The women of the polygamist Maasai tribe in Kenya, thousands of miles from Northern Europe, echoed her sentiments. "You need to be in charge of the sex," they told me. Strong words coming from such a patriarchal society. The Maasai women hailed the importance of making time for sex, no easy task for them. They live in a single room with multiple children, and their schedule can revolve around up to four other wives.
"How do you have good sex with the kids around all the time?" I asked. The women got quiet for a beat, and I worried I'd overstepped. But then one leaned in to me and whispered, her breath hot on my cheek, "You get on top. It's quieter."
Isn't being with the same person, night after night, for the rest of your life, well, boring? And doesn't boredom always lead to bad behavior? It always has in my case. I'd long fretted that perhaps monogamy simply isn't a natural state for humans, and I looked to the French, a culture that is much more accepting about extramarital activities, for guidance.
But when I asked a coterie of wildly sophisticated Frenchwomen with perfect bangs and sweaters that fell effortlessly off their shoulders whether allowing affairs was the secret to stoking marital passion, they looked at me like I'd suggested they murder puppies. "Do I want my man to fuck someone else?" one practically spat on me. "No, I do not."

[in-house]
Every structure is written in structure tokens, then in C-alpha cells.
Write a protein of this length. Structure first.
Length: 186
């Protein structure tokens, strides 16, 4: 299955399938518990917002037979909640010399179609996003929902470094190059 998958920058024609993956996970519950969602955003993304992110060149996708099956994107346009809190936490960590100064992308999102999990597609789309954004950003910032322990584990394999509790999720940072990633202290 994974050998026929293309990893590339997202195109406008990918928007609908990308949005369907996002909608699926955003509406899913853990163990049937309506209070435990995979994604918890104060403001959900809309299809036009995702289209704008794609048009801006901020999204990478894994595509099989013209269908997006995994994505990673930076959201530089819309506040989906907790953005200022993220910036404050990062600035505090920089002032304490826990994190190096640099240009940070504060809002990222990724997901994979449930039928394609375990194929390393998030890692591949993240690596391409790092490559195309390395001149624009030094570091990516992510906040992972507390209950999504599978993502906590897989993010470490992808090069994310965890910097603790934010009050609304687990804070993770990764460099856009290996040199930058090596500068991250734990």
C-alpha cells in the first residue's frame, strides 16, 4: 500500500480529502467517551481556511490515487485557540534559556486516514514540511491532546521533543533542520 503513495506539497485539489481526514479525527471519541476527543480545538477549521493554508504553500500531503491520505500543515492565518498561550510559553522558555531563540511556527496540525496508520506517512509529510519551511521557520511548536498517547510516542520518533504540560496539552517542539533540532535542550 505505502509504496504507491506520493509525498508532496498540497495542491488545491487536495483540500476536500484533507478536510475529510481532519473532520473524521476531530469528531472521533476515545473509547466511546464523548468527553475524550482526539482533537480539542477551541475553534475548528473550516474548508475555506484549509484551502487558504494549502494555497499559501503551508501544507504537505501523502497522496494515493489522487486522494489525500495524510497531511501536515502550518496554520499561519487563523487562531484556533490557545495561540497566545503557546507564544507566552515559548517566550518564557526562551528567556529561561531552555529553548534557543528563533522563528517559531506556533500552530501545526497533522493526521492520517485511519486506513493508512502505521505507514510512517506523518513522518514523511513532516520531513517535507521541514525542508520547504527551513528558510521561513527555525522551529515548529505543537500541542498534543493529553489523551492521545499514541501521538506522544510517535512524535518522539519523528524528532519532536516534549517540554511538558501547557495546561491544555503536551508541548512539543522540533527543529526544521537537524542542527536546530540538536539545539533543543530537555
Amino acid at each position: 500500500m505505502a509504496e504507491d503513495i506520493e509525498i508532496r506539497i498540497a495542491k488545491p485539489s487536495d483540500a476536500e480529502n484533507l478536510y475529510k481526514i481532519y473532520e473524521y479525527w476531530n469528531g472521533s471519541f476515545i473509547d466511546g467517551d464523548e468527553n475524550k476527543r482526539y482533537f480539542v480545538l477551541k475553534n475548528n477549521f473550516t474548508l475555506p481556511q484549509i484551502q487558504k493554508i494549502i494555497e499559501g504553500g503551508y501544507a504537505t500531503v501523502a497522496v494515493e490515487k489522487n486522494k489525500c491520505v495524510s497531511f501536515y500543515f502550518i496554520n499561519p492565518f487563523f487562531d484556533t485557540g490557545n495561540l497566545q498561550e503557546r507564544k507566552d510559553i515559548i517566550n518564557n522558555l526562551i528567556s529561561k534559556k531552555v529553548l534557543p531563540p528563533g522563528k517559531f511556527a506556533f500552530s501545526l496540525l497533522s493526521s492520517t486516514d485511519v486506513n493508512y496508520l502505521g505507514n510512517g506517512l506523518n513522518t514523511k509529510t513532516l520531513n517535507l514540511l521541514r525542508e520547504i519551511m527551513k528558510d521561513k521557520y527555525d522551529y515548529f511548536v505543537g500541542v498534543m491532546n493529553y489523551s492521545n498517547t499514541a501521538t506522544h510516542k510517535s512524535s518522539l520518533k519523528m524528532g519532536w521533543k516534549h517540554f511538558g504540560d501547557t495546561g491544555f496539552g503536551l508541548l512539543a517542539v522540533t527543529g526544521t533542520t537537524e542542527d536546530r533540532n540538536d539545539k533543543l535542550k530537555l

After a sip of wine and a long draw on her skinny cigarette, she softened.
"I must keep him interested. It's about keeping the mystery," she explained. "You American women get married and you get rid of the sexy lingerie and start walking around in sweatpants and peeing with the door open." She said the word sweatpants the way someone else might say toenail clippings. I didn't bother to explain to her that the bathroom in our San Francisco condo is small, and peeing with the door closed makes me claustrophobic, and that I had invested a good amount of money in Lululemon athleisure pants, which technically were sweatpants that hugged my butt. "I don't really understand sexy lingerie," I said instead. They told me I was committing a cardinal sin in my relationship.
I'd expected a good amount of sex advice from the French. I hadn't expected it from the Orthodox Jewish women of Jerusalem.
"Never stop having sex with your husband. Even when you get very old," one very old Israeli woman who resembled Bea Arthur commanded me on the banks of the Dead Sea. "Quality over quantity," another woman told me during a conversation in her apartment right outside of Jerusalem's Old City. Orthodox couples have sex only during specific times of the month. I'd wondered if this was a way to maximize fertility, but my assumptions were shot down once again.
"We believe that sex needs, seriously needs, to be good for the woman."